In Florida, Texas and other traditionally right-leaning states, legislators have recently passed laws forcing public school students to only compete on sports teams based on the sex they were assigned at birth. The policies continue, despite a persisting lack of research and evidence indicating that innate biological differences give trans athletes a significant advantage. I would be remiss not to consider the nuance behind the substantial physical advantages of trans female athletes. HRT may increase body fat and decrease lean muscle mass. But with a lack of research, it is unclear how long it takes for this to occur, and to what extent it will affect the bodies of trans athletes and subsequently, their swimming technique. 

It’s foolish to dismiss such stark time differences during formal competitions. For the duration of the 2021-2022 season and at the 2022 Ivy League Women’s Swimming and Diving Championships, Thomas competed on the women’s team; at the championships, she won the 200 freestyle with a time of 1:43.12. The top finisher on the men’s side, Dean Farris from Harvard University (Mass.), finished in 1:32.67. In many parts of life, nine seconds isn’t much: being nine seconds late to class or taking nine seconds to remove a pie from the oven is inconsequential. But in swimming, especially on an elite level such as the NCAA, being nine seconds slower could cause an athlete to fall behind by nearly an entire pool length. 

Striving to bridge the gap between the divisiveness of transgender policies in sports is an admirable goal, but it grows complicated when we continuously try to consolidate contradictory research claims on sex and gender. For instance, HRT, which transgender women sometimes use to lower their testosterone levels, can be an essential part of the transition process for transgender people. It not only has beneficial physical effects, such as blocking testosterone or increasing estrogen, but also has psychological effects like mitigating gender dysphoria. On the other hand, a 2018 study also claimed that medicine would be unable to completely suppress testosterone levels in about 25% of the transgender women who participated in the study. Another quarter of trans women were able to lower testosterone levels, whereas another quarter could not reach typical female levels but remained below typical male testosterone values.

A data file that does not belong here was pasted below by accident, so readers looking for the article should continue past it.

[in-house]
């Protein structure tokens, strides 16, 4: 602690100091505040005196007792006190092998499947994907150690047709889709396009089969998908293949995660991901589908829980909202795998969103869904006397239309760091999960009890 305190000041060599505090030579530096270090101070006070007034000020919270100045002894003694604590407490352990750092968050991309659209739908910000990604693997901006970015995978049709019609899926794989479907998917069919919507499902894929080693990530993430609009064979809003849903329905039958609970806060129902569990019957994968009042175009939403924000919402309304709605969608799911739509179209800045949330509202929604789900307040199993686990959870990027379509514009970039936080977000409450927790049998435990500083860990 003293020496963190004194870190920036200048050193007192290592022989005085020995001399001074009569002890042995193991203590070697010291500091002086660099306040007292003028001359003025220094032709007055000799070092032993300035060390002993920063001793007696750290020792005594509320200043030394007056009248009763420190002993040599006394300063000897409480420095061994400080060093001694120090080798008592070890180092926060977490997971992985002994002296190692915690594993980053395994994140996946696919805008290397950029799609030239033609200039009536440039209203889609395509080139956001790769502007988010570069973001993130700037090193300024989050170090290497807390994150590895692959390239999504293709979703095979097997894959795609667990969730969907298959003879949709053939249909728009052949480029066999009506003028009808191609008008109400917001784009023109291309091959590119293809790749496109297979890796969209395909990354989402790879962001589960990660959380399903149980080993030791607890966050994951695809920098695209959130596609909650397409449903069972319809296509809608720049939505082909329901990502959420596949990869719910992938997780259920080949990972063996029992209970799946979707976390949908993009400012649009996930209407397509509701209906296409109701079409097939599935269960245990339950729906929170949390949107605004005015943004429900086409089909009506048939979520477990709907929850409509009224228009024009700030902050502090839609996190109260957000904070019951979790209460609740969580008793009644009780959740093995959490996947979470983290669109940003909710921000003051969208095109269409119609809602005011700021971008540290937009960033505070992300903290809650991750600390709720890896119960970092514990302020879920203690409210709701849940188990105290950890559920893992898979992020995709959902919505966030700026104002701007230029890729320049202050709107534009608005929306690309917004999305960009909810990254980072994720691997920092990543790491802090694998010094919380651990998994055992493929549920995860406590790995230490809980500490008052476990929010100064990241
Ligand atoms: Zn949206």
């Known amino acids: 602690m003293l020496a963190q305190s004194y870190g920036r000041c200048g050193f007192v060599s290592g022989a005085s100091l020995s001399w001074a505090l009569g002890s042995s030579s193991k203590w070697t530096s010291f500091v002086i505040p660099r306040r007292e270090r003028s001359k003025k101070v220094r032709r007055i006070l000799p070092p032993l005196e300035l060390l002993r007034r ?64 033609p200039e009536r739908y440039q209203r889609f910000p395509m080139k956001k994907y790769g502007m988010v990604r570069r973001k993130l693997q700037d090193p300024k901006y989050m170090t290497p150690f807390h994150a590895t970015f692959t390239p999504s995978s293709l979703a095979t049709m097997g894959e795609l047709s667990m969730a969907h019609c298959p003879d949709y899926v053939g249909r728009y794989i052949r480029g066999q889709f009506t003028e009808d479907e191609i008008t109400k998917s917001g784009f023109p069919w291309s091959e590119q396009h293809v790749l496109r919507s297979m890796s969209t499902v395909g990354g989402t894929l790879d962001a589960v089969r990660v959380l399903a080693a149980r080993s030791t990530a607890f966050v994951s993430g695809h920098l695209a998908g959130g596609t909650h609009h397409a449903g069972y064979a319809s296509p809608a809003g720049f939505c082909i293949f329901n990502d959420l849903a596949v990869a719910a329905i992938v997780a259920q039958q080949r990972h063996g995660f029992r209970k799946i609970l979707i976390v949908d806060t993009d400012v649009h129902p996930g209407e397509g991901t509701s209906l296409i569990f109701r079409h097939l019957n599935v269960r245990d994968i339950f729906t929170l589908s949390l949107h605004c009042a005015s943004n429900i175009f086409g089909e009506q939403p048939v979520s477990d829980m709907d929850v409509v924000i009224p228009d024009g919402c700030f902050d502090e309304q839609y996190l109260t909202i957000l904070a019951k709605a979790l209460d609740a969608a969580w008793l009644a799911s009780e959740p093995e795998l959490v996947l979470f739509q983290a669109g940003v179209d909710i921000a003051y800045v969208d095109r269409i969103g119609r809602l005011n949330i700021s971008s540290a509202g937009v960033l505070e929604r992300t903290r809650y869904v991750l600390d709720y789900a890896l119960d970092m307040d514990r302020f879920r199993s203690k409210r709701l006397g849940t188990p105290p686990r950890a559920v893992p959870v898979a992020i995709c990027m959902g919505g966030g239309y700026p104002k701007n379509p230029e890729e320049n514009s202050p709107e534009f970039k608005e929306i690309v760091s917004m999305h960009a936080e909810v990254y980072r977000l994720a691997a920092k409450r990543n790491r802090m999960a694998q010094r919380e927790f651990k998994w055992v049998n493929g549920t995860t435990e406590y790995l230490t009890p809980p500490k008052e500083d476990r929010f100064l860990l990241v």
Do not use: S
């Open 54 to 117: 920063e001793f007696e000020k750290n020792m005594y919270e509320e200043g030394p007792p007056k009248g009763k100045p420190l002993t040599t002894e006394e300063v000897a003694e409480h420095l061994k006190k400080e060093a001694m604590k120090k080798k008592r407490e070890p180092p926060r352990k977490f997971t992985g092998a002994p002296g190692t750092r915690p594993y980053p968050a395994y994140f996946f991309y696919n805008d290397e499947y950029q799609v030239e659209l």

Scientific research, raging pundits and international sports committees on both sides of the debate have all put forth opinions and claims that often contradict with another. The effects of HRT and studies on hormones are still relatively new. Coming to a consensus on fair policies requires more than just political squabbling. No one can seem to propose a solution that is both equitable and inclusive, and I still have several unanswered questions: how long should an individual have to undergo HRT to be considered athletically equivalent to a cisgender women? How should fairness be defined in sports – is it about unequivocal inclusion or about ensuring equal competitive opportunity? Do trans female athletes have a  significant competitive advantage over cisgender women and, if so, to what extent? Hopefully, with more research and involving transgender people in these discussions, we will be able to answer these questions and reconstruct fairness in sports.

I must admit that the news of Thomas’ record-breaking swims perplexed me, likely for the same reasons it has angered elite athletes: how could it ever be fair? At the same time, I can’t help but be in awe and admiration of the time and effort Thomas must have spent training in order to win so definitively in the face of so much vitriol.

Truly, asking Thomas to give up swimming or banning her from the sport would be a devastating blow. For any elite athlete, the dedication, passion and love they have for a sport is ingrained in their identity. Taking those opportunities away because of someone’s gender expression or identity fails to coincide with the spirit of sportsmanship we try to teach. Continuous accusations of injustice to women’s sports come from desperation, to be part of a fight for or against Thomas and all other trans athletes. The true root of the issue lies with clumsy, contradictory and uninformed legislative and administrative voices unwilling to do any research that might unravel their biases. 

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Sophia Ling (she/her) (24C) is from Carmel, Indiana and double majoring in Political Science and Sociology. She wrote for the Current in Carmel. She also loves playing guitar and piano, cooking and swimming. In her free time, she learns new card tricks and practices typing faster.